By WAYNE KRUSE
Saltwater coho fishing locally is starting to decline, although catches last week were still pretty good on some days. Checks at the Port of Everett Ramp ran from close to one fish per rod, to one for every three rods, depending on the day.
River anglers are finding very spotty fishing, as is often the case when chasing coho in a terminal area. Lower Snohomish River checks showed about one fish for every five rods at Langus Park and in the Lowell area, but success rates on the upper Snohomish and on the Skykomish were sometimes much better than that.
The north Lake Washington fishery has been fair to slow, running about a fish for every 8 to 12 persons.
The best coho fishing remains on the southwest Washington rivers, where a much larger than anticipated run developed this year. Catches on the Toutle and its tributary, the Green, were running about one silver per person, when visibility allowed. Boat fishermen on the Cowlitz were also hitting at a rate of about one per person, and bankers, one for four. Fishing on the Kalama and Lewis was also very good.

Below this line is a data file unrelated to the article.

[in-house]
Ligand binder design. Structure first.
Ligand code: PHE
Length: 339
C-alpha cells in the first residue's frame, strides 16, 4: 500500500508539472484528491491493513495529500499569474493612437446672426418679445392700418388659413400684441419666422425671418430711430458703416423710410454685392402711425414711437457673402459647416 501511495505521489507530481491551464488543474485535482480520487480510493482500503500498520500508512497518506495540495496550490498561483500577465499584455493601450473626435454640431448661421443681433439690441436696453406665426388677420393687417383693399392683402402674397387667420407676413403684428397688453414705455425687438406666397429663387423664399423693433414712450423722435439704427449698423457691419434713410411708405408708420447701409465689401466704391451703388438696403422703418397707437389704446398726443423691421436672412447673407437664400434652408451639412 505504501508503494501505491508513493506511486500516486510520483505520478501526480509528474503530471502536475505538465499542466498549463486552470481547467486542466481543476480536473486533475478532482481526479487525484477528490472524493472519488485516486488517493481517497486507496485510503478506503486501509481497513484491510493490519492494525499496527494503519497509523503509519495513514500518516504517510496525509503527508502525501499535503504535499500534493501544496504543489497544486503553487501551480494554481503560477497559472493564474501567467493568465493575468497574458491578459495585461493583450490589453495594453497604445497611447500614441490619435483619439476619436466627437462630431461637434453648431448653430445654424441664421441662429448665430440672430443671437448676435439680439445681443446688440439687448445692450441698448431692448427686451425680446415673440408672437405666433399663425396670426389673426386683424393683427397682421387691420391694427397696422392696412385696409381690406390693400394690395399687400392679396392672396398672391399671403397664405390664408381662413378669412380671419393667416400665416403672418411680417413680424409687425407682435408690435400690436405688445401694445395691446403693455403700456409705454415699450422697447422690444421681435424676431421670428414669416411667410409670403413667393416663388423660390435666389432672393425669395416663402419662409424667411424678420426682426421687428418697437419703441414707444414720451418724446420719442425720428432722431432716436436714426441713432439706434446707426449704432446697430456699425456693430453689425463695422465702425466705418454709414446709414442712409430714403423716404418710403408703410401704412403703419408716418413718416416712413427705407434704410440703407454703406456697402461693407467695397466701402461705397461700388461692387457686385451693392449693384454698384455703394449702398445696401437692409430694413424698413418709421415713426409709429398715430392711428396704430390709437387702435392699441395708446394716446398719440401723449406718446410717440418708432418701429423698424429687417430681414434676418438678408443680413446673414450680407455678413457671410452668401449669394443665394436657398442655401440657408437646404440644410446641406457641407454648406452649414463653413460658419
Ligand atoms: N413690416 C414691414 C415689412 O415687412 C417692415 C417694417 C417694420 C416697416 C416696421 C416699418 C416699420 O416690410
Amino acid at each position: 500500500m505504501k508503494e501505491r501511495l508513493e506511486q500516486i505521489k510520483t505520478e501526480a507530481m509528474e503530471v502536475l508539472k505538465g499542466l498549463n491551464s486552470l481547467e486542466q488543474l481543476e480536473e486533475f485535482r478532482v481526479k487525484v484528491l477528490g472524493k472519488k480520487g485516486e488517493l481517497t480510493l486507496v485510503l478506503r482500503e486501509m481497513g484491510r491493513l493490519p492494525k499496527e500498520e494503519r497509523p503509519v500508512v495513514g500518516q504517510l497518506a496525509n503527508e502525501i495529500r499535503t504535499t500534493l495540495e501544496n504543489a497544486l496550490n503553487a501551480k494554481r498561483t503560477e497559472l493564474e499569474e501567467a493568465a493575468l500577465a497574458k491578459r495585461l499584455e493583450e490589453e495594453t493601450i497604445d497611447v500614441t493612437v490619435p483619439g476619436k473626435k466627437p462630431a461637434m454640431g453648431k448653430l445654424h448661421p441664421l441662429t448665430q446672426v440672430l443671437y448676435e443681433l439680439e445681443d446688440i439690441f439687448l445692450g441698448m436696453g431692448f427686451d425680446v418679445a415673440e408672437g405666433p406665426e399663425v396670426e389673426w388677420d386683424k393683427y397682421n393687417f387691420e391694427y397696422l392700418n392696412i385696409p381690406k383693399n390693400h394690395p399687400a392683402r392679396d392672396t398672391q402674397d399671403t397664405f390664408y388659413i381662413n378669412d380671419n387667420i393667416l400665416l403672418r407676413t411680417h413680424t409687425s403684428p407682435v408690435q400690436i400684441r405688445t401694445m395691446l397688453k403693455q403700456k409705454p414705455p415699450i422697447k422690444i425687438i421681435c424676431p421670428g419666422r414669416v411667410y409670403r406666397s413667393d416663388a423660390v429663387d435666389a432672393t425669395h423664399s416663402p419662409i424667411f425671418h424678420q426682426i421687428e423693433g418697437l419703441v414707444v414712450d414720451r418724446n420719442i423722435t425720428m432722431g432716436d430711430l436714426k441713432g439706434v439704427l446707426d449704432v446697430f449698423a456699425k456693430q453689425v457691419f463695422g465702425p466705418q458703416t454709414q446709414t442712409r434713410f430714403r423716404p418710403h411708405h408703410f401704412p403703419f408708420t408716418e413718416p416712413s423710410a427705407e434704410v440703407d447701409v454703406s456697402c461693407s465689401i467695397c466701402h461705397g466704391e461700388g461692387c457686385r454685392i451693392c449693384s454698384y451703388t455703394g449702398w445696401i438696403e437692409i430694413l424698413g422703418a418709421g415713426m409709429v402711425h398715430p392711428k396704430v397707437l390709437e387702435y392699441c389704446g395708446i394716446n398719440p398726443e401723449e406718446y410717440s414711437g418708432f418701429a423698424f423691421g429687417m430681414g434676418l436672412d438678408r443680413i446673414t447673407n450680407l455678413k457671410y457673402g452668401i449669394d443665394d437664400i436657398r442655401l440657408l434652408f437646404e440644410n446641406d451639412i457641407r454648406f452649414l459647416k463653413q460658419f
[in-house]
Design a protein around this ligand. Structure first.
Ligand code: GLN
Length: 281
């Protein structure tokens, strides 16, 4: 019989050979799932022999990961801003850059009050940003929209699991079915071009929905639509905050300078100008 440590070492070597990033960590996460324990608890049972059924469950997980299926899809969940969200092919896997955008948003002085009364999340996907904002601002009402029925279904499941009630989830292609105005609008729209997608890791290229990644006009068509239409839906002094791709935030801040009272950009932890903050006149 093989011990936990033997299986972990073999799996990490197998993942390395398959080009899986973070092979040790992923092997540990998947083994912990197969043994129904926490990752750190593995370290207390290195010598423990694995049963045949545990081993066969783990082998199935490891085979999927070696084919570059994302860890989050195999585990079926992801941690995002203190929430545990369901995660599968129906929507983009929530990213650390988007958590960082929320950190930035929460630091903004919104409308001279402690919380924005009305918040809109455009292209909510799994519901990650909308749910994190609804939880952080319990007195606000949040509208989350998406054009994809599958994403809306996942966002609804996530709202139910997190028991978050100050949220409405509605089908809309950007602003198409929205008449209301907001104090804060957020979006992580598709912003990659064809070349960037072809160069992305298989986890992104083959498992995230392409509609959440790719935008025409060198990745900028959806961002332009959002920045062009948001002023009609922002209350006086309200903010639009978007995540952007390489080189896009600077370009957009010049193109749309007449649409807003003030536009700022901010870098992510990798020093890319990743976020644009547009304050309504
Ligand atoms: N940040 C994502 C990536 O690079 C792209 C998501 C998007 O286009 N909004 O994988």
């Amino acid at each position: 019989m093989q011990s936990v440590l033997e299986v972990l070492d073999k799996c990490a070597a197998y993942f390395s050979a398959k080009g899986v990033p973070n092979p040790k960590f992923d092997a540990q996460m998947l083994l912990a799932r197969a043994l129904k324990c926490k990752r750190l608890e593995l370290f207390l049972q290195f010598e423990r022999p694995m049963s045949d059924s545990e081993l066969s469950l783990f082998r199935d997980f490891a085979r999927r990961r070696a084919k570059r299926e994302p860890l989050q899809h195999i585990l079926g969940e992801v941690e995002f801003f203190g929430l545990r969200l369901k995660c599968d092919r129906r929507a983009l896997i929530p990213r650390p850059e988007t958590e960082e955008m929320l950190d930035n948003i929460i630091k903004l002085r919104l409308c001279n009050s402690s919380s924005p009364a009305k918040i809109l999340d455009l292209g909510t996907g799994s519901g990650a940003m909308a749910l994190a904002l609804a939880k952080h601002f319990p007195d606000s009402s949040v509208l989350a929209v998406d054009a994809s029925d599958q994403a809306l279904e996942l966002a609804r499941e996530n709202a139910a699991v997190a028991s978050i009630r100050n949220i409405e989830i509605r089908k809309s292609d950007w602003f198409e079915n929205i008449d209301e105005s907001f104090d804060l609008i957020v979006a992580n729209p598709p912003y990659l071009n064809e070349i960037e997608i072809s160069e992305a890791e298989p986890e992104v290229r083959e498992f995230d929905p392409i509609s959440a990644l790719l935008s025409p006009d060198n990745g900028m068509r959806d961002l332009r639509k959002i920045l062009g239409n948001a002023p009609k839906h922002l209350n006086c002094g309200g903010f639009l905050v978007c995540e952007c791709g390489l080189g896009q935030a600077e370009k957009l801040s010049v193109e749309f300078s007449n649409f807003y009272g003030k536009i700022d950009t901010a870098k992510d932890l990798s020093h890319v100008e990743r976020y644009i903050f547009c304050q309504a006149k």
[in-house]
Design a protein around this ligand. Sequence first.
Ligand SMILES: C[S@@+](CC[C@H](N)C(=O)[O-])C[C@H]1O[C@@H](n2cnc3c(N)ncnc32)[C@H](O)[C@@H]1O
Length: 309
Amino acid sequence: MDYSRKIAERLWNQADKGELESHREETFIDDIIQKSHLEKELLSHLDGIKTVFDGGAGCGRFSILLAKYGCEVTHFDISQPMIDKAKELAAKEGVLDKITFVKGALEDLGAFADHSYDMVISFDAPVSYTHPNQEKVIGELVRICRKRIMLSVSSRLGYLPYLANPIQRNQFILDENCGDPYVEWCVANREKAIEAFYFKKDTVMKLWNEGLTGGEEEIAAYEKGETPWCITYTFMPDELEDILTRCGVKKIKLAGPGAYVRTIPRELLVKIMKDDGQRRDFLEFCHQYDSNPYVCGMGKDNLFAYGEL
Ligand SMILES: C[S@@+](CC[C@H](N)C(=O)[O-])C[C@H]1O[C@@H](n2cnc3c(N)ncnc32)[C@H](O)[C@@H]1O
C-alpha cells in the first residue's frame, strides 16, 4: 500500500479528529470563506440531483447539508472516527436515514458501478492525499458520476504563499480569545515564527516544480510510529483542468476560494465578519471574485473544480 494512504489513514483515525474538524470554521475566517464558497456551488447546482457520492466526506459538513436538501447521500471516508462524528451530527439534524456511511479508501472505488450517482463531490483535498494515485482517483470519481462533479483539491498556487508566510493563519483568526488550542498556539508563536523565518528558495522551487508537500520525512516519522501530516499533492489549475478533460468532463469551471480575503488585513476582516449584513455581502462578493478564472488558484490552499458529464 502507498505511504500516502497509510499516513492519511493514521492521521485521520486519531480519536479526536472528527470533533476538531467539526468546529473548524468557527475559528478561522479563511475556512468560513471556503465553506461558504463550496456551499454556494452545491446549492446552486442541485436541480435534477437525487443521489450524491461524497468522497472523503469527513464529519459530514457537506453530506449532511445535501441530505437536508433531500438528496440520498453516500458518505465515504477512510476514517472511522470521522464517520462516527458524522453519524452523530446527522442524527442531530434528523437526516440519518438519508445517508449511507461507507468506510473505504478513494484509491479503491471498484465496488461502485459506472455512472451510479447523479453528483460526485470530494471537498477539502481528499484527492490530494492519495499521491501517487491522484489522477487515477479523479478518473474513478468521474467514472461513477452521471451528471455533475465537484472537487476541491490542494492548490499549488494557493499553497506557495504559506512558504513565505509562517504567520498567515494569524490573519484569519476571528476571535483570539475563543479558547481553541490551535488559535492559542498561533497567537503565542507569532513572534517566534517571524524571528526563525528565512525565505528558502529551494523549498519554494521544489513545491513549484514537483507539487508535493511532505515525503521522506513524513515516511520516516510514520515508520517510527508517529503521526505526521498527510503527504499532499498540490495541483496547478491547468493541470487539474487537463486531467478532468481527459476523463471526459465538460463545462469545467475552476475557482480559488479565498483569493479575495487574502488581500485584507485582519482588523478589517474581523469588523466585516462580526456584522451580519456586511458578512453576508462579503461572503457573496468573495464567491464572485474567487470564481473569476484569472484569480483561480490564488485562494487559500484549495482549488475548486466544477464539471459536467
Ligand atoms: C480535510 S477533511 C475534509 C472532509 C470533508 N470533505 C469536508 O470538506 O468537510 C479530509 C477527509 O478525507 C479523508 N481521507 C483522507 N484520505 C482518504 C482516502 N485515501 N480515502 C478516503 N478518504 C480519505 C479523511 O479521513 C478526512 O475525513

There seems to be considerable confusion over what type of license is needed to fish salmon in the rivers this time of year. Some anglers apparently feel that if they have the saltwater license they bought to fish Possession Bar or the shipwreck earlier, they’re legal for salmon in the Snohomish or Skykomish rivers.
Not so. If you’re fishing saltwater, you need a saltwater license, regardless of whether you’re catching chinook or cutthroat. If you’re fishing freshwater, you need a freshwater license, regardless of whether you’re catching cutthroat or chinook. If you intend to keep salmon, of course, you must have a salmon record card, regardless of your license type.
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